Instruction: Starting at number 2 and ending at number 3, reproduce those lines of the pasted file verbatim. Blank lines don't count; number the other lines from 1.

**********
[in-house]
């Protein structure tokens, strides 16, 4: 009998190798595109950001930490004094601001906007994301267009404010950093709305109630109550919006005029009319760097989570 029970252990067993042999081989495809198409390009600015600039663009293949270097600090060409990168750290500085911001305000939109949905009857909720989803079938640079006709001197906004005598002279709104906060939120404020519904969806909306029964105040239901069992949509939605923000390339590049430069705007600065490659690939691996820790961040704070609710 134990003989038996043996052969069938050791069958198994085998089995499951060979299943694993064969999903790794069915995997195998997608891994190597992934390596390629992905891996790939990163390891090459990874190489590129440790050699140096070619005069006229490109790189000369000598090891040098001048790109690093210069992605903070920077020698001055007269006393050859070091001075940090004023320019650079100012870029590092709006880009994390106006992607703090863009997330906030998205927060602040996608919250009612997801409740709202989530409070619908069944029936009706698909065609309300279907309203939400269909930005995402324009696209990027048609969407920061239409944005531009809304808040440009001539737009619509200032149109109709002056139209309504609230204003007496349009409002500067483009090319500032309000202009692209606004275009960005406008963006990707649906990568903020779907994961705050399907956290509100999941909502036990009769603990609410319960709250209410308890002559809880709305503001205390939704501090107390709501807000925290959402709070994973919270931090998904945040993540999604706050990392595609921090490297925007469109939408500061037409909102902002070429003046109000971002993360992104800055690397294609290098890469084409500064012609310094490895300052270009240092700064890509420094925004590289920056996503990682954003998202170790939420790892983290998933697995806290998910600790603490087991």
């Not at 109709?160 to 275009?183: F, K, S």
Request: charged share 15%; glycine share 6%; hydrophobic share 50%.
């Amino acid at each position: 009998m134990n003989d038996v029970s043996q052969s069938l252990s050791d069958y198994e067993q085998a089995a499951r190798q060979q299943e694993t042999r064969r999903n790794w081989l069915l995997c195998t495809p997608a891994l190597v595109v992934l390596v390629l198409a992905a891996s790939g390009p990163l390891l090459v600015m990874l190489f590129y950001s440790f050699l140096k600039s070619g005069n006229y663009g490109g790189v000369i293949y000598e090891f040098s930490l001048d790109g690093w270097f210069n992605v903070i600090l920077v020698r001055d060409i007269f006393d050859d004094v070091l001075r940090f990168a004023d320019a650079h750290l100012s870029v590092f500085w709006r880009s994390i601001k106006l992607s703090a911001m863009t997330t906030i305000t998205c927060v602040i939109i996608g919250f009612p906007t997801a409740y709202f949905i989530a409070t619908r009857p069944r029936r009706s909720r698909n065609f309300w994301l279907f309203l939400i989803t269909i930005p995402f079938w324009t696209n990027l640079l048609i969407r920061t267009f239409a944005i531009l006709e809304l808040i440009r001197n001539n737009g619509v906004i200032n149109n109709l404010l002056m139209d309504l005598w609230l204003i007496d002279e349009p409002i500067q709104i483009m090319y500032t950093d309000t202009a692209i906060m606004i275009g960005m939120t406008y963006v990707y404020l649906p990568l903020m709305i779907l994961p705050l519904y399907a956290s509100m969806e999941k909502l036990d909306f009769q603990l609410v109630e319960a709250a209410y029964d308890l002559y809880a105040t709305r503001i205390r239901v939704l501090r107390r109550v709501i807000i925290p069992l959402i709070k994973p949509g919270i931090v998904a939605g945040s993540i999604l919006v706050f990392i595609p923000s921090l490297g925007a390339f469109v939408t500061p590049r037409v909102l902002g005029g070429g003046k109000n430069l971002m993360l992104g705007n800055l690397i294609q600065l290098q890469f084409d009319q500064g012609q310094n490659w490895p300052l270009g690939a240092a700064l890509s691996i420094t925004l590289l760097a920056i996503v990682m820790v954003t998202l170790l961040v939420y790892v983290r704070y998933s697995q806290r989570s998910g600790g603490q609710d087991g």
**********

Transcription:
């Protein structure tokens, strides 16, 4: 009998190798595109950001930490004094601001906007994301267009404010950093709305109630109550919006005029009319760097989570 029970252990067993042999081989495809198409390009600015600039663009293949270097600090060409990168750290500085911001305000939109949905009857909720989803079938640079006709001197906004005598002279709104906060939120404020519904969806909306029964105040239901069992949509939605923000390339590049430069705007600065490659690939691996820790961040704070609710 134990003989038996043996052969069938050791069958198994085998089995499951060979299943694993064969999903790794069915995997195998997608891994190597992934390596390629992905891996790939990163390891090459990874190489590129440790050699140096070619005069006229490109790189000369000598090891040098001048790109690093210069992605903070920077020698001055007269006393050859070091001075940090004023320019650079100012870029590092709006880009994390106006992607703090863009997330906030998205927060602040996608919250009612997801409740709202989530409070619908069944029936009706698909065609309300279907309203939400269909930005995402324009696209990027048609969407920061239409944005531009809304808040440009001539737009619509200032149109109709002056139209309504609230204003007496349009409002500067483009090319500032309000202009692209606004275009960005406008963006990707649906990568903020779907994961705050399907956290509100999941909502036990009769603990609410319960709250209410308890002559809880709305503001205390939704501090107390709501807000925290959402709070994973919270931090998904945040993540999604706050990392595609921090490297925007469109939408500061037409909102902002070429003046109000971002993360992104800055690397294609290098890469084409500064012609310094490895300052270009240092700064890509420094925004590289920056996503990682954003998202170790939420790892983290998933697995806290998910600790603490087991």
């Not at 109709?160 to 275009?183: F, K, S």